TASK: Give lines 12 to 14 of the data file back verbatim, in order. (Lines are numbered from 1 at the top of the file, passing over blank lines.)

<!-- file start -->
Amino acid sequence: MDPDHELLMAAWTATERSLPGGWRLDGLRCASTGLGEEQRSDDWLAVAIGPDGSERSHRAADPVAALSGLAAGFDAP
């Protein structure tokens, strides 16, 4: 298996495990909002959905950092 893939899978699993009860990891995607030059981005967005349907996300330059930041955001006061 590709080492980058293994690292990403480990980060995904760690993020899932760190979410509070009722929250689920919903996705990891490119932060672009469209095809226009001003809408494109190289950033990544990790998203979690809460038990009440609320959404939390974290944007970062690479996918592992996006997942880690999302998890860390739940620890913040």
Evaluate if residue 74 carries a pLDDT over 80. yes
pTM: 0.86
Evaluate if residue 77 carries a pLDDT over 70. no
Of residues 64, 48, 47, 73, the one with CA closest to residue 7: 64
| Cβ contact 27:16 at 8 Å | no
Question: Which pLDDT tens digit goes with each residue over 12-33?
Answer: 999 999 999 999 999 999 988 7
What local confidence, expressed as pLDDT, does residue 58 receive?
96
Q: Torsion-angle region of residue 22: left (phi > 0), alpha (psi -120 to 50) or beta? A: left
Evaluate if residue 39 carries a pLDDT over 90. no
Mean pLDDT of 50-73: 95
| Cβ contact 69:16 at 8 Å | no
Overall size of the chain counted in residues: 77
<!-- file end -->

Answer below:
Q: Torsion-angle region of residue 22: left (phi > 0), alpha (psi -120 to 50) or beta? A: left
Evaluate if residue 39 carries a pLDDT over 90. no
Mean pLDDT of 50-73: 95